The Human Immunodeficiency virus (HIV), the disease that caused chaos in the 1980s New York AIDS bloom, what is it? How does it spread? How can we treat it? Both treatments for those living with HIV and preventative treatments for those most at risk of contracting HIV have improved enormously since it first came about, but will we ever be able to cure HIV?
HIV is a disease that works to suppress the body’s immune system to a point where the body can no longer fight off other infectious diseases, or even keep the ‘healthy’ bacteria that already exists within our bodies at bay.
It targets a particular white blood cell of the immune system which are called T-helper cells. These cells have proteins on the surface called CD4. CD4 positive (CD4+) cells are used to assess the progression of a patients HIV. Without treatment, the CD4+ cells will deplete to a stage where the patient will develop Acquired Immunodeficiency Syndrome (AIDS), the stage that is most fatal. The video below explains this in more detail…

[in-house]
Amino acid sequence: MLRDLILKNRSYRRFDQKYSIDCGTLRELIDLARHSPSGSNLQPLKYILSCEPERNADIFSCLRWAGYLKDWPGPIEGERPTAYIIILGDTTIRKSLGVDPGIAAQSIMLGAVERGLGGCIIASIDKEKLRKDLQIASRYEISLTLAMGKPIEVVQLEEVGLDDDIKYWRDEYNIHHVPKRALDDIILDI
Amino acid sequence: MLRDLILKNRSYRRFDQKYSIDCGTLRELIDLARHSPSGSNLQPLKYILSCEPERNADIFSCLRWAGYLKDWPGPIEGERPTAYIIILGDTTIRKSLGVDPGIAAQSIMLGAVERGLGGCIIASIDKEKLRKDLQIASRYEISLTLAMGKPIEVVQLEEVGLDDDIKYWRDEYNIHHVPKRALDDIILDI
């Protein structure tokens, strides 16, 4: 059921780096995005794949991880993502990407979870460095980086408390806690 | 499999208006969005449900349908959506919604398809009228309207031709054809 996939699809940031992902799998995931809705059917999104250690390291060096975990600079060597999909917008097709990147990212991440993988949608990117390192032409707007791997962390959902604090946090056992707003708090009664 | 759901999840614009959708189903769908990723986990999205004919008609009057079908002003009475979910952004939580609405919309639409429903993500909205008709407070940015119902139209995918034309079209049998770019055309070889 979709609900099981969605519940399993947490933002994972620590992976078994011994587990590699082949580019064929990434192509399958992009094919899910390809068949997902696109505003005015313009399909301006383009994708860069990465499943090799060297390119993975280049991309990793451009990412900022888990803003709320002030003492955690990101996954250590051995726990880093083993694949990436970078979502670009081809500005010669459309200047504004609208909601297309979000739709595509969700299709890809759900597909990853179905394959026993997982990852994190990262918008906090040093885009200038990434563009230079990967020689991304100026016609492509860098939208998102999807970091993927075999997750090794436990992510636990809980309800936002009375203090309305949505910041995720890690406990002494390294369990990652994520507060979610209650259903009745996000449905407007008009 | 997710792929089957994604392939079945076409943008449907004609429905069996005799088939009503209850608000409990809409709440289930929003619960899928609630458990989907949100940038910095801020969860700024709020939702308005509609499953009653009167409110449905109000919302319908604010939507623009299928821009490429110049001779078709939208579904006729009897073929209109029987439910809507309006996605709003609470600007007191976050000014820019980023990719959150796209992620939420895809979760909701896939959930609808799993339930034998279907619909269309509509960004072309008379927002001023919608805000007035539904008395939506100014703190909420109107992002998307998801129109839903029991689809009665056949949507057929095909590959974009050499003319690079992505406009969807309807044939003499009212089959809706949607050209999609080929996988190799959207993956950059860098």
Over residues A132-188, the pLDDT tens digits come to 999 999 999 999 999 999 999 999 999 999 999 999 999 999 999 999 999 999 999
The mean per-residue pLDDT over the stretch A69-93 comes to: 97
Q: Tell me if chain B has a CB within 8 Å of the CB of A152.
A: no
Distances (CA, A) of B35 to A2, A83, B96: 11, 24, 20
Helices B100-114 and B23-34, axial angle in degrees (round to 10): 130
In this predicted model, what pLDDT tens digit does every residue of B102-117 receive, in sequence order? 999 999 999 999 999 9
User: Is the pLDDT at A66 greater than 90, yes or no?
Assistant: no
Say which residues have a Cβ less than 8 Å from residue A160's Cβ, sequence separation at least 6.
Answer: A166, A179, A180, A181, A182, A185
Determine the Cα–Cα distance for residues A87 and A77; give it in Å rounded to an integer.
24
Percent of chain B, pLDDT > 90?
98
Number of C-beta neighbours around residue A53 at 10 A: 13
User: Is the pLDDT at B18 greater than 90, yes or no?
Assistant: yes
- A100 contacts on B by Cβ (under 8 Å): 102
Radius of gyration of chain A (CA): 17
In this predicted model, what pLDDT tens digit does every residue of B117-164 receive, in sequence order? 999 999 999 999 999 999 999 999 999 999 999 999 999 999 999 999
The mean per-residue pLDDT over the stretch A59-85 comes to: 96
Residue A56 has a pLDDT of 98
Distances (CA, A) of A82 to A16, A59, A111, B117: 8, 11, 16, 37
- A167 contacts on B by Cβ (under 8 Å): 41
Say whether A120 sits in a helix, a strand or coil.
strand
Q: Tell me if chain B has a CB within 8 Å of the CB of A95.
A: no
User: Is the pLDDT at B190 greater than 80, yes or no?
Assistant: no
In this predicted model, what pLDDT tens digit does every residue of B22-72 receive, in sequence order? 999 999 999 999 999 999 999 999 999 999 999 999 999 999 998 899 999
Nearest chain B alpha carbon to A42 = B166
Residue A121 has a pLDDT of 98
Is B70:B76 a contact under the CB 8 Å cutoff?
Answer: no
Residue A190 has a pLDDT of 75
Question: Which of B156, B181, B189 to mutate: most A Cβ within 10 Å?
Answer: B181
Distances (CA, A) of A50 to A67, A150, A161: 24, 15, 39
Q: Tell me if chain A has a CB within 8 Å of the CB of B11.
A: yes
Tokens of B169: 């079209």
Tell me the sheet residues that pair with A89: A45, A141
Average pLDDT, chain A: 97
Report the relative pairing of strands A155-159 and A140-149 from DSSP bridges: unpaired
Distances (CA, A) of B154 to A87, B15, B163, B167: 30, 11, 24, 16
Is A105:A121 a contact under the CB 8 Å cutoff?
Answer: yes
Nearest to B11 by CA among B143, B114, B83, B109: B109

Unfortunately there is no cure for HIV as of yet, but the current treatment for those with HIV is antiretroviral therapy (ART).
ART effectively interferes with the viral replication, as it prevents the virus producing the proteins that it needs for replication. ART allows HIV positive patients to live long, healthy and normal lives, besides some side effects from the pills they have to take.
There is also treatment for those who might have been exposed to HIV within the last 72 hours, this is called Post-exposure-prophylaxis (PEP). PEP works to prevent the virus from settling down into the CD4+ cells and prevents infection.
Despite reducing the levels of viral load in HIV+ patients, the disease is still not curable. Likewise with a Malaria vaccine mentioned in my previous blog, talk of vaccines that intervene at various parts of the replication cycle of HIV might be the most promising outlook in eradicating HIV. Yes, a vaccine is not a cure for people already living with HIV, but this would certainly be a start in its eradication. There has also been attempts to vaccine-induce a response from other cells in our immune system to recognise infected CD4+ cells and destroy them, but it’s believed the virus can ‘escape’ this .
What gives more hope to the fact HIV can be cured, is that there is one man, Timothy Ray Brown, commonly known as the ‘berlin patient’, who has been ‘cured’ of HIV due to an induced genetic immunity via a stem cell transplant.
As so much for a cure, it seems from the relevant literature that it will be possible at some point in the future. However, this would be later rather than sooner.